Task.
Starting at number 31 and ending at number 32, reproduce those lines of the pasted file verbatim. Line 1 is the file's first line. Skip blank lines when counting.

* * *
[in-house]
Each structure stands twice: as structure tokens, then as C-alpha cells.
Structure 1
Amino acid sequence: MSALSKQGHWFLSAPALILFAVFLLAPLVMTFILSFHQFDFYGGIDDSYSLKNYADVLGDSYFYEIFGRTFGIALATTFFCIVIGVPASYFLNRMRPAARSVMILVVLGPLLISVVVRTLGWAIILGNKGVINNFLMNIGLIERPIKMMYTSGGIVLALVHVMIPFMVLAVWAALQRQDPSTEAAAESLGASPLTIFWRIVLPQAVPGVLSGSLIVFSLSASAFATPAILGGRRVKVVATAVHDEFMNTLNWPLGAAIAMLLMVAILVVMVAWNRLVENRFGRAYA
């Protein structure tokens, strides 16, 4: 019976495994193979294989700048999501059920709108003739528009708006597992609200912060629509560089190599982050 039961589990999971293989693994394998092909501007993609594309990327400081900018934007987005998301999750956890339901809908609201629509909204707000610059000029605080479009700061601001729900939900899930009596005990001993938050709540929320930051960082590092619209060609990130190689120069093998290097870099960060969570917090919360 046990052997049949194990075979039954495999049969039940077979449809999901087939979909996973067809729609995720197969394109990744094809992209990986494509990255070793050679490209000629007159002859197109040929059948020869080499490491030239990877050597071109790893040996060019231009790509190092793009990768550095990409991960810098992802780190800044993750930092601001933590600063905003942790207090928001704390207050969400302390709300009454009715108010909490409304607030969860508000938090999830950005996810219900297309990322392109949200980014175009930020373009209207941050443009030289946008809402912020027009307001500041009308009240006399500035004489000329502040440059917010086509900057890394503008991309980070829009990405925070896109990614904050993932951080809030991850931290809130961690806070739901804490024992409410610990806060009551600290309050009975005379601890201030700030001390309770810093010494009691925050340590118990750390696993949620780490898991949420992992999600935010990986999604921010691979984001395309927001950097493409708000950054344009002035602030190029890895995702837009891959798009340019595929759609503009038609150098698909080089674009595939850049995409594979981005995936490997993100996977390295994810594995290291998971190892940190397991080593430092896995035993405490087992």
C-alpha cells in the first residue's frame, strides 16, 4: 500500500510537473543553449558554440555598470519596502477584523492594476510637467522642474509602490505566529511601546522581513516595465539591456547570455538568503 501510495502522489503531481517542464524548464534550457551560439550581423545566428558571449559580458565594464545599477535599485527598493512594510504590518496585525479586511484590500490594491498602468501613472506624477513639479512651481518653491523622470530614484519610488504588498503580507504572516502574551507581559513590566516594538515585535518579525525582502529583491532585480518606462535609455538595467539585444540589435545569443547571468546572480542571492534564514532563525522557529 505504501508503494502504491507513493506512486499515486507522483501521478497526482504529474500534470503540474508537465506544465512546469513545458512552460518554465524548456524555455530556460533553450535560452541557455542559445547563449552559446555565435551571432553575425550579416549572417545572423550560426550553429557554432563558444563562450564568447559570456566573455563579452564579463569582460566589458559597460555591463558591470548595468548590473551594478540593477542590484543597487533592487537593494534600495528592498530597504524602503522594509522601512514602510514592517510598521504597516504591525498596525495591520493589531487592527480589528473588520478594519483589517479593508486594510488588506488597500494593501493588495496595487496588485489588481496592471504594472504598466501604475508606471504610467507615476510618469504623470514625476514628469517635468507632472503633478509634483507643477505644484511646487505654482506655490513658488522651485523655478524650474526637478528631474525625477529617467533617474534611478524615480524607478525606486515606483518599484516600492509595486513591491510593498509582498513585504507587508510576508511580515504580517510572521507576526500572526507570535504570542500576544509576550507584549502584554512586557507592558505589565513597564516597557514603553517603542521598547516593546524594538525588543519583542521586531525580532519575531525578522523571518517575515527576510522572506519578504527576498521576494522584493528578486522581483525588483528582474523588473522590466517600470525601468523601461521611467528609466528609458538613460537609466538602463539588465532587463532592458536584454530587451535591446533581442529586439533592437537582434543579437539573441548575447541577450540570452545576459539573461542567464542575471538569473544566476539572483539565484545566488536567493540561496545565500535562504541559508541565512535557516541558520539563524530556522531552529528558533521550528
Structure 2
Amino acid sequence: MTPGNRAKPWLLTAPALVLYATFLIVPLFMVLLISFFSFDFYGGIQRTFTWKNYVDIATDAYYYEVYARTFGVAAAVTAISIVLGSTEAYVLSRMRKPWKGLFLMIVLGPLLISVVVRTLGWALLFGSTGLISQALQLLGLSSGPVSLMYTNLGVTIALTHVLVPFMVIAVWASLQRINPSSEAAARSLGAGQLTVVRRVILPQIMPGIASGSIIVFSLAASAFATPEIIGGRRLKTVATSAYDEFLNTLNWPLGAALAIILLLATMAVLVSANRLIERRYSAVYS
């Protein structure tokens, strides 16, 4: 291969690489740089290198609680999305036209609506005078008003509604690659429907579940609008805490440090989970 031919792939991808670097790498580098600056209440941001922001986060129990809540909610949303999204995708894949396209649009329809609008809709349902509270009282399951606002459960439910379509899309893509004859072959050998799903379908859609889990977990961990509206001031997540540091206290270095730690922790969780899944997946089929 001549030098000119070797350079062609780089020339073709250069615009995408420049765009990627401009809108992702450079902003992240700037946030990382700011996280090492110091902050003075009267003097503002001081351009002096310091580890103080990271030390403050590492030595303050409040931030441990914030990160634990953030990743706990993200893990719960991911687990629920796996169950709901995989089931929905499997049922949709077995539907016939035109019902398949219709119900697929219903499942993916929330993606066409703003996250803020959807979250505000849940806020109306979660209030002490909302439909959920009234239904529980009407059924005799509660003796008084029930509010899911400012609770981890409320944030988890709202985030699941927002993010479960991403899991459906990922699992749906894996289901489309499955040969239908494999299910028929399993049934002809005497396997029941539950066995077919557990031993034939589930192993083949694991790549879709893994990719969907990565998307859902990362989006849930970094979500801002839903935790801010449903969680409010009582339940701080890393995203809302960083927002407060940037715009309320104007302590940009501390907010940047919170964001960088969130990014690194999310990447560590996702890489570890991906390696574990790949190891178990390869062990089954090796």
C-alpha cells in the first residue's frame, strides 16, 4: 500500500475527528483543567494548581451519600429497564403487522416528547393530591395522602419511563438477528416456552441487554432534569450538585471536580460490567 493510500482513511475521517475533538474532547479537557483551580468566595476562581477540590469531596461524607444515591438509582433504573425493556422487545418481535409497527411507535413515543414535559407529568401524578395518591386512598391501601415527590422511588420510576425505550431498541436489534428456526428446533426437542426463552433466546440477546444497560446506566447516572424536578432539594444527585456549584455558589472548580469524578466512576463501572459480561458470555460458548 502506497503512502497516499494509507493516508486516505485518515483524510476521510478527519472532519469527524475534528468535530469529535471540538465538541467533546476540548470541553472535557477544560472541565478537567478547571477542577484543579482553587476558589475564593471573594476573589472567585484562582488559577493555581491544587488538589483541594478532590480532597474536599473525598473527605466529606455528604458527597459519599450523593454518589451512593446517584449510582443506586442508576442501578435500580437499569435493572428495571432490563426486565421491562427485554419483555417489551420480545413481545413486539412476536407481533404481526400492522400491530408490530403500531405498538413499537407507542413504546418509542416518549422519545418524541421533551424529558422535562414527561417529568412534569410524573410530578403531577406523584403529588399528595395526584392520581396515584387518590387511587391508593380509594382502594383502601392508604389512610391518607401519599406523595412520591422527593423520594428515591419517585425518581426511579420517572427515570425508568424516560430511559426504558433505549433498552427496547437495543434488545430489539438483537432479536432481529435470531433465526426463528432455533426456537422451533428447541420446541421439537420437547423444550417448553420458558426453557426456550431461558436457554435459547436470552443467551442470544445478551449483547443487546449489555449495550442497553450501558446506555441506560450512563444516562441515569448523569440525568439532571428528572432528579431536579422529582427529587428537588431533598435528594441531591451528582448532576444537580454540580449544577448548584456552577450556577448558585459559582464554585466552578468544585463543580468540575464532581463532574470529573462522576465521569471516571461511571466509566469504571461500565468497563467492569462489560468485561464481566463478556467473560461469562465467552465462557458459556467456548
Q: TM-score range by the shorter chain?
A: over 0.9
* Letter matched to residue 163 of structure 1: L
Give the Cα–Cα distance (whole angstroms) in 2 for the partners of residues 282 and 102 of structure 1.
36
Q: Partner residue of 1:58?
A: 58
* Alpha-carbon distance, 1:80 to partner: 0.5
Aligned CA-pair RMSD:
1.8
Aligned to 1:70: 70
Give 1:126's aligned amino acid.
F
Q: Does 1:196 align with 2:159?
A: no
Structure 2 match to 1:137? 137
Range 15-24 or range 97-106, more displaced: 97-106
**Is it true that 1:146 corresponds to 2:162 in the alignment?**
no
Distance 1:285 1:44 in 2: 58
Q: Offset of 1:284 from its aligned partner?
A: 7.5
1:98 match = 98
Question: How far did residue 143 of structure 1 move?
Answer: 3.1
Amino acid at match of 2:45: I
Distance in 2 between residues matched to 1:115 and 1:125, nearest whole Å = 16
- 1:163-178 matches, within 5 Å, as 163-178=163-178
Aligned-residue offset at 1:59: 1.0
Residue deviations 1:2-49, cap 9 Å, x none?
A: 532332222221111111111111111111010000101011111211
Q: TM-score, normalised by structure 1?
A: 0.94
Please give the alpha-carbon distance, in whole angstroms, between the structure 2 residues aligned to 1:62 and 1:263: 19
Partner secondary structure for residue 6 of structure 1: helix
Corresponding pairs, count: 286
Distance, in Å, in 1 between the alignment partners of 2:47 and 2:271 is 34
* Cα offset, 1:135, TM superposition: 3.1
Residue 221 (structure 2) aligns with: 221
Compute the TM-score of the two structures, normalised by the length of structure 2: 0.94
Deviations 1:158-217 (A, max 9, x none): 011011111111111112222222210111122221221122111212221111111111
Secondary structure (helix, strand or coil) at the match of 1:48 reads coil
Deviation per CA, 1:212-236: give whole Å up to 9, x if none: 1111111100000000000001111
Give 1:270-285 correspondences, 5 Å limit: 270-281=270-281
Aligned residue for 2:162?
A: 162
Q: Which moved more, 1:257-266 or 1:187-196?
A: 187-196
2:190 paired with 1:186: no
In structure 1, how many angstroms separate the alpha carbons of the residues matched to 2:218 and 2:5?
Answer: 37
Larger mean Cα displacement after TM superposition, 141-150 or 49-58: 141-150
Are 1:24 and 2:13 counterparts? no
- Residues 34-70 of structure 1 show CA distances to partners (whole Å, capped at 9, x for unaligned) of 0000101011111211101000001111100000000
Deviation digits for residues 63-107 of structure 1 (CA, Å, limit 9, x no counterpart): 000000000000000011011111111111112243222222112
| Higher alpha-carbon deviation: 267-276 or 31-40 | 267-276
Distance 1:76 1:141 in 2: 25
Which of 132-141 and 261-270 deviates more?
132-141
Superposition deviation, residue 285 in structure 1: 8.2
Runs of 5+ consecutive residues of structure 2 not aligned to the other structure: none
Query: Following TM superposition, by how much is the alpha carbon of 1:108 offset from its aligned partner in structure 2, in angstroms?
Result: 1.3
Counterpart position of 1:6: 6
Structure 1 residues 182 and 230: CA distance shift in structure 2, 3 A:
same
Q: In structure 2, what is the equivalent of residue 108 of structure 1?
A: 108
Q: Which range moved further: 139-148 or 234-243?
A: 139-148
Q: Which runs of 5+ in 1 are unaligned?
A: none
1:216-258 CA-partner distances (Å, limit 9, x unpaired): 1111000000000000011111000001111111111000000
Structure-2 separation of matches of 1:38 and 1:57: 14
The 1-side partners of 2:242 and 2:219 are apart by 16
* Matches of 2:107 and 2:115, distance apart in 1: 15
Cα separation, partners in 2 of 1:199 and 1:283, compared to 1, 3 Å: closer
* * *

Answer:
Q: Offset of 1:284 from its aligned partner?
A: 7.5